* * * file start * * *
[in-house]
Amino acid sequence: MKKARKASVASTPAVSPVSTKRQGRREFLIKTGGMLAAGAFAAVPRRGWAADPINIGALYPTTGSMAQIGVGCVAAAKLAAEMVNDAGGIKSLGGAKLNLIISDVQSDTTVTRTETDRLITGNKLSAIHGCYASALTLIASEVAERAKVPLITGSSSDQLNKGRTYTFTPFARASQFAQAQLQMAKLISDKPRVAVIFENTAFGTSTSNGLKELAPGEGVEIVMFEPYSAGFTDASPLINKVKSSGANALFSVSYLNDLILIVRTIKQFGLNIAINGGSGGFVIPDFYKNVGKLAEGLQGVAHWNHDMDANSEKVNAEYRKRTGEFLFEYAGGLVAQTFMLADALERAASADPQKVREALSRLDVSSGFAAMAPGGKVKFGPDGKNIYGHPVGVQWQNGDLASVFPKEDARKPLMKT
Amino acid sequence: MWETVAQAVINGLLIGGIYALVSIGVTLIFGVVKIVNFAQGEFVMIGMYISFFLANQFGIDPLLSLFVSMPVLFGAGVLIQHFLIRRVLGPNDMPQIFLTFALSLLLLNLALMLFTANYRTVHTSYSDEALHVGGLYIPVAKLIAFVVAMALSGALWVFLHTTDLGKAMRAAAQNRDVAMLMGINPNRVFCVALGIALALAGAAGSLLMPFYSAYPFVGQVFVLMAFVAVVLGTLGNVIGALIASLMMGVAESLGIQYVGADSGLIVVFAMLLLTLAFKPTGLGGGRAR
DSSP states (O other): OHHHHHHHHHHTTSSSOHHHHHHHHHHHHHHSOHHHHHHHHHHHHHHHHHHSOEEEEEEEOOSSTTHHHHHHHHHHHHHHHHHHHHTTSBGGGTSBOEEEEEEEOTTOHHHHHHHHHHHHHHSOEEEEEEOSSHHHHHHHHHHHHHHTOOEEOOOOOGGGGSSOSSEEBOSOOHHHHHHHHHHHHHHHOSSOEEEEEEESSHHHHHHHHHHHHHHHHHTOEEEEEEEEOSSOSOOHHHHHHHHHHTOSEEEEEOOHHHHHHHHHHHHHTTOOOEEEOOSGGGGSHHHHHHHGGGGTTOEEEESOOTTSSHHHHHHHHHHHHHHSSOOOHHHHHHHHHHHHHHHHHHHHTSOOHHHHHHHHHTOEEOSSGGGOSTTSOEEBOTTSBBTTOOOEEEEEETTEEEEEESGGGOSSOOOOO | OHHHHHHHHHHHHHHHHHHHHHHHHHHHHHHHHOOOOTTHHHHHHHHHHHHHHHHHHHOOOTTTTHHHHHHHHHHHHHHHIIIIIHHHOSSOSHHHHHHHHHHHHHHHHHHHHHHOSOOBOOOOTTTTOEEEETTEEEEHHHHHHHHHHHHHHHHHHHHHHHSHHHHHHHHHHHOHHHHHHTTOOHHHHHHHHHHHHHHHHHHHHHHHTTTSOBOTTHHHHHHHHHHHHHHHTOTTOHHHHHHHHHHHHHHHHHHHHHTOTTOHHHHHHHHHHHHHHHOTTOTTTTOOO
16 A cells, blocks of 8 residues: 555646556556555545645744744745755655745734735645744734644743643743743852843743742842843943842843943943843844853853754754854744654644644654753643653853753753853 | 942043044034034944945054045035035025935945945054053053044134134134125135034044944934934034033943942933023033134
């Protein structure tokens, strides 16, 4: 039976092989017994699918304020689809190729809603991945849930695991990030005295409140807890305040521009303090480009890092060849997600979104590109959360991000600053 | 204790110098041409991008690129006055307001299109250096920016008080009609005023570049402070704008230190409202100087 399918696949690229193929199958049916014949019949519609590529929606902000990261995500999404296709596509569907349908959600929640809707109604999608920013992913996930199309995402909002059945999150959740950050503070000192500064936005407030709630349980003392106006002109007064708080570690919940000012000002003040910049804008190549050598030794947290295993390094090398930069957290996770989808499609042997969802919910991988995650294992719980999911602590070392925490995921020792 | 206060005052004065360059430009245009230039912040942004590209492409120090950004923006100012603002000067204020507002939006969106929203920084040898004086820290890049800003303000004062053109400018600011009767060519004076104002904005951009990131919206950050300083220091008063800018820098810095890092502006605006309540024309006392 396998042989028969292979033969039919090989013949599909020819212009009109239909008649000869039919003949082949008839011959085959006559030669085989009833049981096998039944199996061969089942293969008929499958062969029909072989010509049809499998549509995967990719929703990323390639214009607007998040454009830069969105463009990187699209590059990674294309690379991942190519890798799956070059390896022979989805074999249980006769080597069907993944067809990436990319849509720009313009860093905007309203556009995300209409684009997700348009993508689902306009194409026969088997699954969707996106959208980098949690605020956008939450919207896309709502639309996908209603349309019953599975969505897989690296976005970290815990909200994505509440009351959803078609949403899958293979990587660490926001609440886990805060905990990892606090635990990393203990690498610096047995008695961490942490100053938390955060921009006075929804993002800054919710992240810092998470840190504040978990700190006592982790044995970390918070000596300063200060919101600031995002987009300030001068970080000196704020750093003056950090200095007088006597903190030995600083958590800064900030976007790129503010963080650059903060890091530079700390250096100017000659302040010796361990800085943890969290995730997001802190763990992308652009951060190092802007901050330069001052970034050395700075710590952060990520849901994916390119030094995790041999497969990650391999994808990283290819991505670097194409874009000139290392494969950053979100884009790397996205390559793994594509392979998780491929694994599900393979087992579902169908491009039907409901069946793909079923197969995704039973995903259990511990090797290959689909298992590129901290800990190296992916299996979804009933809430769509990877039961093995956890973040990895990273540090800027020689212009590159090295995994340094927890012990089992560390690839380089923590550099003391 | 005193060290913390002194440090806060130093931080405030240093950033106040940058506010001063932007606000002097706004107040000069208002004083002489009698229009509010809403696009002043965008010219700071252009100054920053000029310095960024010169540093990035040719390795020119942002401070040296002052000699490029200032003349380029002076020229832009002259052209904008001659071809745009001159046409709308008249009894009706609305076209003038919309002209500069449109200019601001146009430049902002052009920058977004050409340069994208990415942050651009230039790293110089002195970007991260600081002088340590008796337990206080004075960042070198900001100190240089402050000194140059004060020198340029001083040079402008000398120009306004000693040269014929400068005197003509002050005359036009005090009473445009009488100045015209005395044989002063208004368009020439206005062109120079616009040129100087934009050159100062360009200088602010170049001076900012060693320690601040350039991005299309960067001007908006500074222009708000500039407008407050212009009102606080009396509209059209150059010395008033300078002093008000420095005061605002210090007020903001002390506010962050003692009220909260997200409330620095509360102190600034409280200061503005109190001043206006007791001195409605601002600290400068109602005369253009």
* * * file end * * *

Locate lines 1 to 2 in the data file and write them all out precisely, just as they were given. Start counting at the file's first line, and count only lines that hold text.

[in-house]
Amino acid sequence: MKKARKASVASTPAVSPVSTKRQGRREFLIKTGGMLAAGAFAAVPRRGWAADPINIGALYPTTGSMAQIGVGCVAAAKLAAEMVNDAGGIKSLGGAKLNLIISDVQSDTTVTRTETDRLITGNKLSAIHGCYASALTLIASEVAERAKVPLITGSSSDQLNKGRTYTFTPFARASQFAQAQLQMAKLISDKPRVAVIFENTAFGTSTSNGLKELAPGEGVEIVMFEPYSAGFTDASPLINKVKSSGANALFSVSYLNDLILIVRTIKQFGLNIAINGGSGGFVIPDFYKNVGKLAEGLQGVAHWNHDMDANSEKVNAEYRKRTGEFLFEYAGGLVAQTFMLADALERAASADPQKVREALSRLDVSSGFAAMAPGGKVKFGPDGKNIYGHPVGVQWQNGDLASVFPKEDARKPLMKT